Refugees From Cambodia Strain Vietnam's Resources

Hanoi asks for UN aid, but agency says funds are short

FOR the first time, Vietnamese authorities have formally admitted that 40,000 Cambodian refugees are living inside Vietnam and that they need financial assistance from the United Nations.

The vast majority of the refugees are ethnic Vietnamese who fled persecution and ethnic violence in Cambodia prior to that country's May elections.

The Vietnamese government sealed off the border area to foreign reporters in April, but is now allowing select visits.

Many of the ethnic Vietnamese apparently don't plan to return to Cambodia. Vietnam has not established refugee camps, trying instead to integrate them into existing villages. But Vietnamese authorities say they are having difficulty providing enough land and housing.

Danh Van Ninh, vice chairman of the People's Committee for Tay Ninh Province,estimates that about one-third of the refugees are self-supporting, but two-thirds need temporary or permanent assistance. The UN has certain responsibilities in the region, he says.

"First, we would like the UN in Cambodia to provide ethnic Vietnamese safe conditions so they can live and work there," he says. "Second, we'd like the UN to help us with funds for the people who left Cambodia because our province is rather poor."

Santiago Romero, deputy to the United Nations High Commissioner for Refugees in New York, said in a telephone interview that the UN does not have much money for such projects.

"The Vietnamese government is doing a good job in receiving the refugees," he says, praising the decision not to create refugee camps. "That way [refugees] don't become victimized."

Mr. Romero confirmed that about 40,000 refugees are living in Vietnam and that "most don't want to go back" to Cambodia.

The UN has been cooperating with settlement efforts and providing small amounts of money to Vietnam, according to a UN source who asked not to be identified. "Whether Vietnam gets more money depends on how serious the refugee problem becomes," he says. Vietnamese authorities say they need financial assistance quickly because many of the refugees are starting to settle permanently.

Nguyen Thi Lien was born in Cambodia but crossed the border and came here hurriedly with her family in December. "I was afraid because we didn't know what would happen with the election," says Ms. Lien, referring to the UN-supervised elections held in Cambodia in May. "We thought maybe Vietnamese people in Cambodia would be forced to leave."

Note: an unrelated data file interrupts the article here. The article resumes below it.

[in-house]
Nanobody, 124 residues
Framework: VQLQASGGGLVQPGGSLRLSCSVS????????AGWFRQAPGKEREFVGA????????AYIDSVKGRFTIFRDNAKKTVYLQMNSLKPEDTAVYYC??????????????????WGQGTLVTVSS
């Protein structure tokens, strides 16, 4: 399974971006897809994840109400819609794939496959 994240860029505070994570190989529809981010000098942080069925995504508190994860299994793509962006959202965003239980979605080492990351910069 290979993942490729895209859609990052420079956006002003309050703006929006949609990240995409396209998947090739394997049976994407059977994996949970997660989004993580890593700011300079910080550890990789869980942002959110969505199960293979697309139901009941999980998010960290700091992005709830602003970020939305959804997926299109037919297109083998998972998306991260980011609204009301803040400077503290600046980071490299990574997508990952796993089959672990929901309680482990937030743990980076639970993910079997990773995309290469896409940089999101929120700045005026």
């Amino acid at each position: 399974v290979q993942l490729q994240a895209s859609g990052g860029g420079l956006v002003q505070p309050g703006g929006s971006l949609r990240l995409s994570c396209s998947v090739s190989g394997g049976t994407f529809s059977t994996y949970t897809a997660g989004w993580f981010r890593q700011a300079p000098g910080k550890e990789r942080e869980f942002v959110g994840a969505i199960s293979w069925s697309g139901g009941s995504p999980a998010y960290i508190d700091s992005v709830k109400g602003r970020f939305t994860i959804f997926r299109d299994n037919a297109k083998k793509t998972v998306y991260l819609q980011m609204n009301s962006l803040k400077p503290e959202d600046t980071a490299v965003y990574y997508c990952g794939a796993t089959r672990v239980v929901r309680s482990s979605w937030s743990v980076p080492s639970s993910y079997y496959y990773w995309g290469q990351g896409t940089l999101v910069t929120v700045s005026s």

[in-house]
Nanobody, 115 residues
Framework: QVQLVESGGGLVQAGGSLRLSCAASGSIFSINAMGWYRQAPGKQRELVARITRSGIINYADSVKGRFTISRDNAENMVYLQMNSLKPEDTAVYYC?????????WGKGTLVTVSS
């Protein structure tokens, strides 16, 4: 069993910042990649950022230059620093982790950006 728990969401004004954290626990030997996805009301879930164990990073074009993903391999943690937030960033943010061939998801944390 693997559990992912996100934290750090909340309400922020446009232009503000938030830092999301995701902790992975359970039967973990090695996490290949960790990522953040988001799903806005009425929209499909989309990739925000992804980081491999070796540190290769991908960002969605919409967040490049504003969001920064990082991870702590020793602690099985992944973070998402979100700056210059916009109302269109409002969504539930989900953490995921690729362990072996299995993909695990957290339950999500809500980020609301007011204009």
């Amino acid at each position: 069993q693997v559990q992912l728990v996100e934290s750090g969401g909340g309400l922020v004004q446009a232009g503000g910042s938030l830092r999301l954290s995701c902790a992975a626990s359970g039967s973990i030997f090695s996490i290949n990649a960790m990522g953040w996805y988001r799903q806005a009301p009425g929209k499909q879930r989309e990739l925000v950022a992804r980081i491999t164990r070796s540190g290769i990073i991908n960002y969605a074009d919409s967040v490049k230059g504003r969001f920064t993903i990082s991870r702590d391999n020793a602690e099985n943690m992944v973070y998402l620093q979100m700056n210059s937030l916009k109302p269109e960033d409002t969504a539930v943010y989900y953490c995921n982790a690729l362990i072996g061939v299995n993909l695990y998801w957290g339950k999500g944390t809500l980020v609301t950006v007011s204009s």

Other refugees say they fled Cambodia in April when fighting broke out between the Vietnamese-backed government of Hun Sen and Khmer Rouge guerrillas.

Tran Thi Thi and her husband fled during that period. Both are ethnic Vietnamese. "I was afraid of being killed by Pol Pot," she says referring to the former Khmer Rouge leader who is blamed for the deaths of more than 1 million Cambodians when he ruled the country.

Do Tan Lam, another ethnic Vietnamese born in Cambodia, says he also feared the nighttime rocket and machine gun attacks. Asked if he plans to return home, he replied, "I will stay here in Vietnam. All my friends will, too."

Ethnic Vietnamese have been forced to flee Cambodia before. In 1972, the US-backed government of Lon Nol killed tens of thousands of Vietnamese in an effort to deflect Cambodians' attention from its dictatorial rule. After the Vietnamese invaded and occupied Cambodia in 1978, the Khmer Rouge attacked ethnic Vietnamese, claiming many were Vietnamese soldiers.

Since the May election, ethnic Vietnamese feel very insecure about their status in Cambodia because citizens voted to oust the Vietnamese-installed regime.

Local leader Ninh denies that the refugee problem stems from Vietnamese occupation of Cambodia. "Our troops withdrew fully in 1989," he says. He blames the Khmer Rouge, the UN, and Cambodian authorities for the insecurity of the Vietnamese refugees.

Ninh says the sudden influx of refugees caught the Vietnamese government by surprise. Vietnam doesn't have the financial resources to house 40,000 additional people, according to officials, yet the government feels responsible for them.

All the refugees interviewed say that, at least for the moment, they plan to stay in Vietnam, fearing instability in Cambodia. "My family plans to stay here," says Mrs. Thi. "Some of my friends told me they wanted to return to Cambodia, but the situation is very difficult right now."

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